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Pasquotank board eyes 2018 goals

Cecil Perry.jpg

Pasquotank Board of Commissioners Chairman Cecil Perry is shown in the commissioners room at the courthouse in this file photo.

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By Jon Hawley
Staff Writer

Thursday, January 4, 2018

Pasquotank County commissioners entered 2018 with perennial goals, including strengthening public schools, recruiting businesses, and fostering better, more inclusive community relationships.

Oh, and they also need to hire a new county manager.

On Wednesday, several commissioners were interviewed about their priorities for the year ahead.

Board Chairman Cecil Perry said the county’s budget for the coming year may be challenging. He said revenues seem close to last year but expenses seem to be going up. He also said he hopes to provide more support for Elizabeth City-Pasquotank Public Schools, which has pleaded for major increases in funding in recent years. In the current fiscal year ending June 30, commissioners approved $11.2 million in school operating funds, a $1.2 million increase but still millions less than Superintendent Larry Cartner said was needed. Commissioners also approved $1.32 million in capital projects.

Perry also said it will be important to improve communication with the school board. He noted commissioners recently learned school officials were considering eliminating bus service to the Boys & Girls Club and Police Athletic League as a cost-saving measure. That could keep many kids from participating in those good programs, he explained.

Noting that County Manager Rodney Bunch plans to retire in March, Perry also said commissioners must soon hire someone to succeed him. Commissioners are still reviewing applications for the position and will soon need to hold interviews. Perry said he felt there were many strong candidates for the position, including people from outside North Carolina who could bring new perspective to the county.

A new manager may have new ideas about how to run the county, and could challenge employees and commissioners alike to change. Perry said that could be a good thing.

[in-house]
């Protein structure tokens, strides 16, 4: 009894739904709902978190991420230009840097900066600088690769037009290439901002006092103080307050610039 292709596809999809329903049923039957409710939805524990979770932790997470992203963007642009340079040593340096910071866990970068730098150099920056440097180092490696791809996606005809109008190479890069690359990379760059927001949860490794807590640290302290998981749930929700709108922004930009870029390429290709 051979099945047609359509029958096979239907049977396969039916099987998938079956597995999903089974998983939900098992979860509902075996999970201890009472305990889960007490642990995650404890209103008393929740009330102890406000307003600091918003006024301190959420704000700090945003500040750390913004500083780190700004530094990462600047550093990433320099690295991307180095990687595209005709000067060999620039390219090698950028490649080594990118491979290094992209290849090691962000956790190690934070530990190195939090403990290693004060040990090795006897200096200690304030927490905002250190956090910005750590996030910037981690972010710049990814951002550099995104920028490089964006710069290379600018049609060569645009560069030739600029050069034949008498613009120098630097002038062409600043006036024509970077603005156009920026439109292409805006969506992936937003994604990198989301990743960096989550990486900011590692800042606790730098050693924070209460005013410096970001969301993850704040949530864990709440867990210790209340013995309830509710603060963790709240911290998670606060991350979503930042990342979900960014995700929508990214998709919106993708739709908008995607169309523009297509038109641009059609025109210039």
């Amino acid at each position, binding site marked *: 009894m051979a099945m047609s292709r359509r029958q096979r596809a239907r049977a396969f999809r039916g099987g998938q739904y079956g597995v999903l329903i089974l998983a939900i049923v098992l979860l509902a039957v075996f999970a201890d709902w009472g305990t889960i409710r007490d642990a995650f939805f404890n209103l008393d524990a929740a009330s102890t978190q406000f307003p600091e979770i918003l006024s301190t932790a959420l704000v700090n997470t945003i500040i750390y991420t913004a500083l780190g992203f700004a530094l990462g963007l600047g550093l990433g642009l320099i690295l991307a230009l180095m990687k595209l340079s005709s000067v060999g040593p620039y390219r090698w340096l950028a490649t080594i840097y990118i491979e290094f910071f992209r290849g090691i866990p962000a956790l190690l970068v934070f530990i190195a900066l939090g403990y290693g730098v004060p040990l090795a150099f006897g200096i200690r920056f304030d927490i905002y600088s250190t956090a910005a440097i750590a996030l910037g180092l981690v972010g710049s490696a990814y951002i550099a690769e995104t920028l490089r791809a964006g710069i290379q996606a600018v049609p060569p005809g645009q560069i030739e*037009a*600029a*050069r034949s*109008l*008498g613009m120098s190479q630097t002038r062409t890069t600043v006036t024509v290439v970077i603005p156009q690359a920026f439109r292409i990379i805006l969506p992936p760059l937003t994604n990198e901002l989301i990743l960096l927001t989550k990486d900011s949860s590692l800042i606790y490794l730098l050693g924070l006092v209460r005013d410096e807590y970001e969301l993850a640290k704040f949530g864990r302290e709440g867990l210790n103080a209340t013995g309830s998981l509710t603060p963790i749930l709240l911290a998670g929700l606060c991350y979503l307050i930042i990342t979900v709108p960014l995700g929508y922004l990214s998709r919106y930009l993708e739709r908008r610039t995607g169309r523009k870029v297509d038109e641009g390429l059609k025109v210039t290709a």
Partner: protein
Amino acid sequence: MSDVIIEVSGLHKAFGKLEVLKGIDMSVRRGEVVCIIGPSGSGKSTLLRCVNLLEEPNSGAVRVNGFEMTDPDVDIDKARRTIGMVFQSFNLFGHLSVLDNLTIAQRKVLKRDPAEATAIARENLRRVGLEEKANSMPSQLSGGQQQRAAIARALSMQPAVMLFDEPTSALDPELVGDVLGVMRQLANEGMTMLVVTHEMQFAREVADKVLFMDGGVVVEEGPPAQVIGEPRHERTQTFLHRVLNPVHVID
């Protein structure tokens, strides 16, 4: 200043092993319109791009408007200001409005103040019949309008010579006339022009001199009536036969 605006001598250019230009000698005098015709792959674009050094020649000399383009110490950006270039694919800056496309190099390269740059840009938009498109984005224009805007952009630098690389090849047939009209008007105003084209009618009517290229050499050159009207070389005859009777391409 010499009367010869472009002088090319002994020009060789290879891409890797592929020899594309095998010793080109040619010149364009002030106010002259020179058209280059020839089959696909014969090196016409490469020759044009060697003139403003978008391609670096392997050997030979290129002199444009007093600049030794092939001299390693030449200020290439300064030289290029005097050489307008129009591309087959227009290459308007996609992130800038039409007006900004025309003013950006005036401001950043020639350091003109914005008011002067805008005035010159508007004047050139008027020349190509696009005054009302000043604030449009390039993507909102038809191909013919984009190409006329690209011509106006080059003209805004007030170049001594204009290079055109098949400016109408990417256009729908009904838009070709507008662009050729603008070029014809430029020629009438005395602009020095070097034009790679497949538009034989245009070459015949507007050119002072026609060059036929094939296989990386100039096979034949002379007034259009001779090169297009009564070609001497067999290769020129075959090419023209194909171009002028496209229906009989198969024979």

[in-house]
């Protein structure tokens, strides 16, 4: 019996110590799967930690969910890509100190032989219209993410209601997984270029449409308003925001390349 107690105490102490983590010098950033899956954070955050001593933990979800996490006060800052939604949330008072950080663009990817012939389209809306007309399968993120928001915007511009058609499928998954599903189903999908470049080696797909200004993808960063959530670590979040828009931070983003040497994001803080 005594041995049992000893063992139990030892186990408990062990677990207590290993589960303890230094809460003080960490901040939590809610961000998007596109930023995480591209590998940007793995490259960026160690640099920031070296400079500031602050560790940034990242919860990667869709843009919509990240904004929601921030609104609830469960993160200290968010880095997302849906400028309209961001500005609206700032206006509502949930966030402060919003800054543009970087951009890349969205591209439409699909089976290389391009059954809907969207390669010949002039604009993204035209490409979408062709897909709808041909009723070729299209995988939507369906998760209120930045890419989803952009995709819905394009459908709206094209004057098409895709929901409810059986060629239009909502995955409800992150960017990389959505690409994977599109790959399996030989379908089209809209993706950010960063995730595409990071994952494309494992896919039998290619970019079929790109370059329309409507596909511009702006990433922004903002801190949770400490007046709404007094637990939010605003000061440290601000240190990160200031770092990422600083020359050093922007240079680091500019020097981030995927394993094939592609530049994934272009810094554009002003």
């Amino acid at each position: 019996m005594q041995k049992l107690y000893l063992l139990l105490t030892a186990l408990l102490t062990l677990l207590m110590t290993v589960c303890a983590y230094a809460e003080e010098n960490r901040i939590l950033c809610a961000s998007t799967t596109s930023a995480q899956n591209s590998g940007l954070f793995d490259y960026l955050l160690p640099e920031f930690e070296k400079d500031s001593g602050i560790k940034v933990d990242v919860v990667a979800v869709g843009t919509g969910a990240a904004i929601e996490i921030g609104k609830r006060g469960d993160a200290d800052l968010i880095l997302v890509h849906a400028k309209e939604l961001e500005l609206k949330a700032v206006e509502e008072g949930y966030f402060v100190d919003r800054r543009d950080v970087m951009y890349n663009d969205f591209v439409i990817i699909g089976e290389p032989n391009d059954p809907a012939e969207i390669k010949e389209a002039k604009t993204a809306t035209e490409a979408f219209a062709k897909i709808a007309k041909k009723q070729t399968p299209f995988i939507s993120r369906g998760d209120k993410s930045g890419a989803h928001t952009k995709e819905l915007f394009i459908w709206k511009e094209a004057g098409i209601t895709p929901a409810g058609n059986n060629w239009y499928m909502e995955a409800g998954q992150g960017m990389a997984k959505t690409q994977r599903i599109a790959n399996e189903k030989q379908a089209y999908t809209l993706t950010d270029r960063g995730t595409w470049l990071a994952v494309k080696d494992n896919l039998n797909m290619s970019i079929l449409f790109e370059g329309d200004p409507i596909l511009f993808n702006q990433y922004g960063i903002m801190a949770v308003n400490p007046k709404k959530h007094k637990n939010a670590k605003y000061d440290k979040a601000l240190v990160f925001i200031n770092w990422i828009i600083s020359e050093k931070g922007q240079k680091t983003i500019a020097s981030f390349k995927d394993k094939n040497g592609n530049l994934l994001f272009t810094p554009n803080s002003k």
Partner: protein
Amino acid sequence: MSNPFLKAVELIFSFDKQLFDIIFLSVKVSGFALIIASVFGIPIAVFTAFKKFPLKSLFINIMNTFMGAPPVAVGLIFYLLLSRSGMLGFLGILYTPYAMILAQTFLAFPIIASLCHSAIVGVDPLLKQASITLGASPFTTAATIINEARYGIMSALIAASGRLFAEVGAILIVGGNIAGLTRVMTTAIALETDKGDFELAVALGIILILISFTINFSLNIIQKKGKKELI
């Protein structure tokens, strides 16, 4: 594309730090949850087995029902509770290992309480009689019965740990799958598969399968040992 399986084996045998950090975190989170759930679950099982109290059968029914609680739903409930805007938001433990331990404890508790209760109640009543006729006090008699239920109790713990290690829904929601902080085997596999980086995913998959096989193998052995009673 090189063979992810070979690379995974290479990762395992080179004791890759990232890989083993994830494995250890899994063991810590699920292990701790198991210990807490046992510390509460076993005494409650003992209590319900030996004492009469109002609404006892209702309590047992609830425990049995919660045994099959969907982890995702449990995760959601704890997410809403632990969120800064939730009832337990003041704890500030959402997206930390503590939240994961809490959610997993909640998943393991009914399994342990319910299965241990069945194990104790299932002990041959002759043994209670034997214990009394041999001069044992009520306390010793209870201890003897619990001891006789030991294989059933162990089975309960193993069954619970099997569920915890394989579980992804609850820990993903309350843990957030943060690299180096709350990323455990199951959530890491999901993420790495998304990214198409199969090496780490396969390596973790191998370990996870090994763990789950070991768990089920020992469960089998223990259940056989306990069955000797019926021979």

“I actually think we need to be challenged,” Perry said.

Perry also wants to foster a more inclusive community relations as well as better relations among commissioners themselves. Perry took issue with commissioners’ recent renewal of a three-year, $90,000 contract with McClees Consulting, a lobbying firm that Perry has criticized for not contacting him during their work in Raleigh.

Other board members forgave the firm’s “breach of contract” for failing to contact Perry, he said. Perry said he felt the decision showed a lack of support for his leadership.

Vice Chairman Bill Sterritt said he had three priorities for the coming year. The first is assisting the school district “as much as possible,” though he said he will not again support a tax increase to provide funding. He supported raising the property tax rate 2 cents last year to raise money for ECPPS, but commissioners agreed to only a 1-cent increase in the rate.

Sterritt said he doesn’t want the school system to falter, but he’s also mindful that many county residents are still having a tough time getting by.

Sterritt said his next priority is supporting College of The Albemarle, which fortunately has gotten state funding for its library renovation — a project commissioners supported but felt the county couldn’t afford.

Finally, he wants to continue the restoration work on the river boardwalk behind COA and Sentara Albemarle Medical Center. The county secured an $80,000 grant to pay for restoring some of the deteriorated but popular boardwalk, and he said he hopes to seek further funding for the project.

Commissioner Jeff Dixon also believes supporting ECPPS is important this year, and said he would support increased funding for specific projects, such as more classroom technology. It’s important ECPPS justify why it’s asking for more money, if it does so, he said.

Dixon said it also important to hold the line on the county’s property tax rate and continue to pay off the county’s debt. County staff have explained Pasquotank’s debt level is reasonable, but debt service still costs hundreds of thousands of dollars a year.

Dixon also had reason to be optimistic about the county’s financial future. There are no major infrastructure projects — such as building a new school — on the horizon and there are a lot of prospective businesses looking at Pasquotank. He declined to give specifics, but said some could have a big impact.

As for the county manager search, Dixon said he had not yet reviewed all the applicants, but described those he had seen as experienced. Like Perry, Dixon said he’d support a manager who wanted to “shake things up,” if he or she presented a good case for doing so.

Commissioner Lloyd Griffin said working with ECPPS, as well as Elizabeth City and the U.S. Coast Guard base, will be important in the year ahead, as is pursuing economic development.

As a member of the Transportation Advisory Committee of the Albemarle Rural Planning Organization, Griffin also said making Interstate 87 a reality remains important. Developing the interstate that would travel through Pasquotank could take decades and cost more than $1 billion, but regional officials consider it vital to economic development.

Griffin said it would be important in the year ahead to encourage state-level funding for the project, rather than forcing local governments to develop the project with more limited regional and local dollars.

Other commissioners could not be reached for comment Wednesday.

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